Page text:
Throughout my life I have managed to steer clear of the judiciary, the police, the law, the Courts. I have only once given evidence, at a discrimination hearing, and being questioned by a tricky lawyer was not a nice experience.
So it was a bit of a surprise when I found myself "invited" to the Old Bailey, the central criminal Court in England, a couple of weeks ago. But when you get that sort of invitation, you don't turn it down. I put on my most grown up suit and tie and off I went. When I told the taxi driver that I had to be at the Old Bailey at a certain time and could he hurry up please, he asked if I was a lawyer. No, I explained, I am going to be questioned by the judges. "Good luck, mate" he said, looking at me sadly in the mirror as if he didn't expect to see me for a long time.
I had been invited to meet an Old Bailey judge. Actually not just one Old Bailey judge, but ALL the Old Bailey judges at the same time!
The occasion was one of those City of London traditions that stretch back hundreds of years. The daily luncheon at the central criminal court hosted by the City of London, which actually runs the Old Bailey. Two Sheriffs of London (did you know there were still Sheriffs of London?) reside within the Old Bailey building and by tradition they invite all the judges to a three course lunch every day. They also invite a guest or two and on that particular day I was the guest.
So I arrived at a special side door and was ushered up to the Sheriffs apartment, where I was met by a senior City Alderman and a very nice judge. A chap tried to tempt me with a crystal glass of the finest champagne presented on a silver tray but as I don't drink I asked for a plain orange juice instead. Such fineries are wasted on me!
Then we wandered up the corridor to another very ornate room, where I walked into the amazing (to me) scene of a couple of dozen fully wigged and robed Judges, a handful of Justices of the Peace an Alderman and an Under Sherriff who is also known as The Secondary (but nobody seemed to remember why). We sipped tomato juice. I asked if this was another ancient tradition, but it seems the judges just like tomato juice. Unlike me.
Then we were called to lunch and processed two by two to the grand dining room. The chaps in the red robes went first (I think they were the ones called "The Hon. Mr Justice so and so") followed by the Alderman and Guest followed by Judges, JPs, Under Sheriff.
The food and wine was delightful (obviously I didn't eat much of it, having taken my usual precaution when going to posh meals of eating a sandwich beforehand). That's not completely true - we had shepards pie so I ate the mash potato from the top of the shepards pie. Judges are very entertaining lunchtime company, I found. Incredibly smart and slightly other-worldly, with astonishing memories. They chatted about events that happened back in the 60's as if it was yesterday.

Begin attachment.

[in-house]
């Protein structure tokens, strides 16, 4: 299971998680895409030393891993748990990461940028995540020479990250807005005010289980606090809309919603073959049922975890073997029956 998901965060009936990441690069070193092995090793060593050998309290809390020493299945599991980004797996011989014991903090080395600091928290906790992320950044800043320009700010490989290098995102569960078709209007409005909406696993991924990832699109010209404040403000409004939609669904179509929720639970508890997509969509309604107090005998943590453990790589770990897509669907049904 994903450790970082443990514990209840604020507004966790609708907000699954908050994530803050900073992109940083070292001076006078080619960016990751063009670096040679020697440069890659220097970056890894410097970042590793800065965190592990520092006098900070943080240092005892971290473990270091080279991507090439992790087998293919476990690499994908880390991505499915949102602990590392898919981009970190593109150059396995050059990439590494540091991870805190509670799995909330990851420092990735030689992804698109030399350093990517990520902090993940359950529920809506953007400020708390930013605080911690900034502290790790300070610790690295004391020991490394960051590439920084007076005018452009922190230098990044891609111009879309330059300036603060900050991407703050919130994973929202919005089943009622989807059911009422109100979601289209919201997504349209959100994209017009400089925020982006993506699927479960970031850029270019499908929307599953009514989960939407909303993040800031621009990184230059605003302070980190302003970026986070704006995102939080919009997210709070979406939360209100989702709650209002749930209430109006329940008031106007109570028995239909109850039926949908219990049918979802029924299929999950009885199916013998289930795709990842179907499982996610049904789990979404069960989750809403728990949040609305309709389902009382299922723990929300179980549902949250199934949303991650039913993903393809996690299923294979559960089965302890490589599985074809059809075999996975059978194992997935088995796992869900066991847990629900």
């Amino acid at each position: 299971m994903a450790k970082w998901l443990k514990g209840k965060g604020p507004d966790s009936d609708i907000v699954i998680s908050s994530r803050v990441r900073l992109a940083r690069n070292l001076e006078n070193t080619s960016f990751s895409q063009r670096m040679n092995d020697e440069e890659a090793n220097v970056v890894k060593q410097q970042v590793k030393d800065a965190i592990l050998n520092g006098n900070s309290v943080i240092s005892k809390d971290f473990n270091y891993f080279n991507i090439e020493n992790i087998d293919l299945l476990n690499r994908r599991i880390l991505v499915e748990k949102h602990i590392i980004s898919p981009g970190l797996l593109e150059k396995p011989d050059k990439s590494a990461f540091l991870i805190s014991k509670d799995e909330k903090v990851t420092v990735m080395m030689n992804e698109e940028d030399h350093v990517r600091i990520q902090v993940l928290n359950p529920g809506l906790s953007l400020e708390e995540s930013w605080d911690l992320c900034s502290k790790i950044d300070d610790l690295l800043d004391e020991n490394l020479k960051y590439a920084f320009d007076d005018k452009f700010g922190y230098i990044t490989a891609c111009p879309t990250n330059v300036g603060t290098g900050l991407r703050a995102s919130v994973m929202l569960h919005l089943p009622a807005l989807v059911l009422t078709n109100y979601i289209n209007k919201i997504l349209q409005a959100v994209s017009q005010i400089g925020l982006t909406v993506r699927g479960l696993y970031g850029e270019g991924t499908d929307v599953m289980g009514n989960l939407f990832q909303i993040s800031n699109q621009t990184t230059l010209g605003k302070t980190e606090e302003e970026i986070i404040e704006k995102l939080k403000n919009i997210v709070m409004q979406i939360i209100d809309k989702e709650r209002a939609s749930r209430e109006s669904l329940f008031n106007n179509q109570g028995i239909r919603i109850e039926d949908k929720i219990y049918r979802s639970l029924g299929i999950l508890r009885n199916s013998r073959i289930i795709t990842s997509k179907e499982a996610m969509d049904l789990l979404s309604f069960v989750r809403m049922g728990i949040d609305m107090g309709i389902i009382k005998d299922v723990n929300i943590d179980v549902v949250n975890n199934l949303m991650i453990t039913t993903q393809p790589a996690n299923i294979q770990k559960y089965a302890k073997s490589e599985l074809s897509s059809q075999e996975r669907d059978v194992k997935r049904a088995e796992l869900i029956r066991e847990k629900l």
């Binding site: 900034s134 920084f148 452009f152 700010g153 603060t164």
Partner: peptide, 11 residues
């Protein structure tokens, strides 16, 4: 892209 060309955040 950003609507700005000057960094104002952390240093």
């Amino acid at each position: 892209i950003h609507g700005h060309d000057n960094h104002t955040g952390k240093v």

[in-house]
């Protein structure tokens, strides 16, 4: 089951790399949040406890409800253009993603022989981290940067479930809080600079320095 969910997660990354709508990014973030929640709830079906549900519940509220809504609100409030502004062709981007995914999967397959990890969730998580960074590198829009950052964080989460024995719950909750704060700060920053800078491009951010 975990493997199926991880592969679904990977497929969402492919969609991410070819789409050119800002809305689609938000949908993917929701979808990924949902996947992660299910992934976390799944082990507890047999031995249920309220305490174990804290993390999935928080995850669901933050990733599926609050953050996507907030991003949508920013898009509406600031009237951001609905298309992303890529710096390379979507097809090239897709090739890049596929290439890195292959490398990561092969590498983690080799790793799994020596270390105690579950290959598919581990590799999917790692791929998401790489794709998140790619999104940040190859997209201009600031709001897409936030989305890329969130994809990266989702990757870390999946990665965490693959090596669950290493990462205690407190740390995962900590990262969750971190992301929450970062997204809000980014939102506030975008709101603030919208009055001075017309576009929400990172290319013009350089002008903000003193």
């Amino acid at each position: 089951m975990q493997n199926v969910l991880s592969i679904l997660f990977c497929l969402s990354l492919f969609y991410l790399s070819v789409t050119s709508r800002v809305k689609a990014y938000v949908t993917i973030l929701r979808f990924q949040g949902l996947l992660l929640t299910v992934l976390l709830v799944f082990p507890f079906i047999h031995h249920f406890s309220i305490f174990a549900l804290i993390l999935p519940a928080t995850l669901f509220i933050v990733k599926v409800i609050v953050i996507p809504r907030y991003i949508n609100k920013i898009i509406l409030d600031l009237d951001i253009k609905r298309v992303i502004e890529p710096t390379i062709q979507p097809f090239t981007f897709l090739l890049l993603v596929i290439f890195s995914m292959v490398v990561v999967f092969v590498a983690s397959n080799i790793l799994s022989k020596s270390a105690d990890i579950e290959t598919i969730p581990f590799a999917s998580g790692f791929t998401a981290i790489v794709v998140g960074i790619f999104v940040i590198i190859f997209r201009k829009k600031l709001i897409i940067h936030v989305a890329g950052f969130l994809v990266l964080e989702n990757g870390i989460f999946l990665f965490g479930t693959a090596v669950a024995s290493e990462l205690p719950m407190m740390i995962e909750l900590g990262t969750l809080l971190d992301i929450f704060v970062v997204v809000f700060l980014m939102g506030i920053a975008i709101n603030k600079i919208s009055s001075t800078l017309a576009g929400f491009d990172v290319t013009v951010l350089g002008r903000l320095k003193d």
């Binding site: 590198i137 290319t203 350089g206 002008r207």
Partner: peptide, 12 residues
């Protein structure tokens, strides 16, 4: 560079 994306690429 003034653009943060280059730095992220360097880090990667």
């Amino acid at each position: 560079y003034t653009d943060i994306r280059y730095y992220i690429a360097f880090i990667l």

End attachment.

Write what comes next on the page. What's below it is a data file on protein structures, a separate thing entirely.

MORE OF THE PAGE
The Honourables found me quite an interesting specimen I think. They questioned me forensically about what Garlik does, about the internet, identity fraud and cybercrime. Several of them had tried fraud cases of course so they had a deep knowledge of the law in this area. As my name plate described me as "Dr Tom Ilube", the Honourable opposite me asked me if I was a medical Doctor. I said "No, Doctor of Technology" and he said "Ah ha! Very good. Now, why is my broadband so slow, eh?". Thus began one of those surreal conversations where we talked through his PC settings and broadband provider and I offered advice whilst several other judges listened in nodding wisely.
As we left the hall, I was chatting to a few of the judges about social networking. "It's that Face thing, isn't it?" one of them said. "Facebox?" "Facebag?" "Facebook!". We finally got there. I explained that they could set up a profile on Facebook and keep in touch with the many people they had come into contact with over the years. The Honourables looked at each other slightly horrified and quickly concluded that perhaps they wouldn't be embracing social networking afterall.
They invited me to sit in on some of their cases in the Old Bailey that afternoon, but I decided I had spent enough time inside Court for one day and was a bit wary of being accidentally "sent down", so I made my excuses and left. I must say, this was one of the most fascinating lunches I have been to in a while and I felt very honoured to have been invited.